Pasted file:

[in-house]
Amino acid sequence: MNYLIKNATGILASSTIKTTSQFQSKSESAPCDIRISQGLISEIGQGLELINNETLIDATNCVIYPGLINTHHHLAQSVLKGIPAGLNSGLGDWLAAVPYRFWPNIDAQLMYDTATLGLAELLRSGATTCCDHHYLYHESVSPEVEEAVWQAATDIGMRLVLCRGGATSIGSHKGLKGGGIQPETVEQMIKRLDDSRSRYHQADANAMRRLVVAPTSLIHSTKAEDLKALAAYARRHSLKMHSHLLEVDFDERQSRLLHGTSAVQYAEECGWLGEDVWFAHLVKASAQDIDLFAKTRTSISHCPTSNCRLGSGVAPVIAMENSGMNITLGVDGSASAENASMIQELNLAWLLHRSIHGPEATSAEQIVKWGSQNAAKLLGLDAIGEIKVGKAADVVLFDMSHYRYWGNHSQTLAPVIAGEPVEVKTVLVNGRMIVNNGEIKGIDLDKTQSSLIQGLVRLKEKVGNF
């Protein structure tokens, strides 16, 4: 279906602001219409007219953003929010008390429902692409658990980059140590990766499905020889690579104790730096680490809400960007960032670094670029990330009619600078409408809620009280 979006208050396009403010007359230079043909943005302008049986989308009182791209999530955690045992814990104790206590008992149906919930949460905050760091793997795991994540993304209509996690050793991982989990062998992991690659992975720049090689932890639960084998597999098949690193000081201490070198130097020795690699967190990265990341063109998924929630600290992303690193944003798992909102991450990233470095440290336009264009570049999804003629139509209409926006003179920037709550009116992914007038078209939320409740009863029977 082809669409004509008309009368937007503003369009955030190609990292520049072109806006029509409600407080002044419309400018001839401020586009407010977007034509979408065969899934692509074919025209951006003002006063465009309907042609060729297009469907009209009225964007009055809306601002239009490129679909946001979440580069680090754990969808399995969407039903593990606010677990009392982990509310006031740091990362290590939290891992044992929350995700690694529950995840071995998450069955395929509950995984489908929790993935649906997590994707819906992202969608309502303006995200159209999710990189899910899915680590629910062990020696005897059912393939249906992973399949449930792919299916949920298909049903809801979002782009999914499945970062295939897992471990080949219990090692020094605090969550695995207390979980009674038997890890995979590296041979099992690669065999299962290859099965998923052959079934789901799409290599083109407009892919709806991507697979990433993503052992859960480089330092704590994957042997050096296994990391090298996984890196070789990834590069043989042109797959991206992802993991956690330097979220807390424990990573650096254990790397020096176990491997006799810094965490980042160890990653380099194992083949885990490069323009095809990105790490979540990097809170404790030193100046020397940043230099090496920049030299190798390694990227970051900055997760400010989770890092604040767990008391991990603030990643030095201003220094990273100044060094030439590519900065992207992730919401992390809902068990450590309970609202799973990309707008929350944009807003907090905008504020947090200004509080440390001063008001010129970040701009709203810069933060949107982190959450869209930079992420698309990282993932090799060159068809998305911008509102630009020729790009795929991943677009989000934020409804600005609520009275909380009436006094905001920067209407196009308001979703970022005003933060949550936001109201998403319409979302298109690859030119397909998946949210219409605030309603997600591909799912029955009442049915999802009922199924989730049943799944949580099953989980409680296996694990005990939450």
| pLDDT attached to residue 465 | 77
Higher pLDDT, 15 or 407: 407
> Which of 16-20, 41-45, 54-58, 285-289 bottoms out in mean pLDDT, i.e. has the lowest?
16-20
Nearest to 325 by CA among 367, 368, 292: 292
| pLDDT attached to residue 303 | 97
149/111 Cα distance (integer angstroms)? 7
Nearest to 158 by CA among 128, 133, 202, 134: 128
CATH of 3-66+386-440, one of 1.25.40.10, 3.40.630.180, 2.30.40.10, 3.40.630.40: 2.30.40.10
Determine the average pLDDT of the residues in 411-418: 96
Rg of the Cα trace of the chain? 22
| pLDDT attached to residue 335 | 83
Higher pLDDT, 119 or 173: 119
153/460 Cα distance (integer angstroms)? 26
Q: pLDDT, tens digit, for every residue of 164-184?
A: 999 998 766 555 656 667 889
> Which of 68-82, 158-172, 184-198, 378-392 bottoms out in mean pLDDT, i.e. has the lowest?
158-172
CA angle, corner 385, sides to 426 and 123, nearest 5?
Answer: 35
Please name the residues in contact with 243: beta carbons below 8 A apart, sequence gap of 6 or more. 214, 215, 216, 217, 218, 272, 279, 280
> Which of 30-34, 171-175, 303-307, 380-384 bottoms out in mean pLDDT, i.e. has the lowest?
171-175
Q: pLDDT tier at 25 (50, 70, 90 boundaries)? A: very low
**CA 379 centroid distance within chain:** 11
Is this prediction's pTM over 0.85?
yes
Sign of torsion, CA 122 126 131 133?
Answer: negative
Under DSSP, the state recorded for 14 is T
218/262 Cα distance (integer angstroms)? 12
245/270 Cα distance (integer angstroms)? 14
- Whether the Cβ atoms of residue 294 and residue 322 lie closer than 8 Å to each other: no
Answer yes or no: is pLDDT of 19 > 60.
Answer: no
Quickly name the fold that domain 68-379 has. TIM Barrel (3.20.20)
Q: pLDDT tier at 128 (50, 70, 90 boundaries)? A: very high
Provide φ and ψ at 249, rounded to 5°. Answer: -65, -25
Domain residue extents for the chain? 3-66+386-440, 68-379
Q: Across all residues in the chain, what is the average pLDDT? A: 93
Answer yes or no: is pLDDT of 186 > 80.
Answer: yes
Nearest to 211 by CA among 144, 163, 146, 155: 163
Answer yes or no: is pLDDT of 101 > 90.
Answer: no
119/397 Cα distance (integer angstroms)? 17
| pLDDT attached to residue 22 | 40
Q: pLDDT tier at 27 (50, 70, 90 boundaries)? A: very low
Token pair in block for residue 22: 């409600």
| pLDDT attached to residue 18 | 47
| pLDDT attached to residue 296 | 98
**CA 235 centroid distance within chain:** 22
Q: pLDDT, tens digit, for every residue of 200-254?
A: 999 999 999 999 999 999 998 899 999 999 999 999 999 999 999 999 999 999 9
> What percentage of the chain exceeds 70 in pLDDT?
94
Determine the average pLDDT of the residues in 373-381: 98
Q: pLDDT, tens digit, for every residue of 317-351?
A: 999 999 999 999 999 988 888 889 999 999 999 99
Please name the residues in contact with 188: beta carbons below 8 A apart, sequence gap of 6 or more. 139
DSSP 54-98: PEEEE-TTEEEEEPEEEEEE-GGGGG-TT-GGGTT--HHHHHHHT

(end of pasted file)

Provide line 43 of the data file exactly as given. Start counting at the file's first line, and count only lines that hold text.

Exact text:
Q: Across all residues in the chain, what is the average pLDDT? A: 93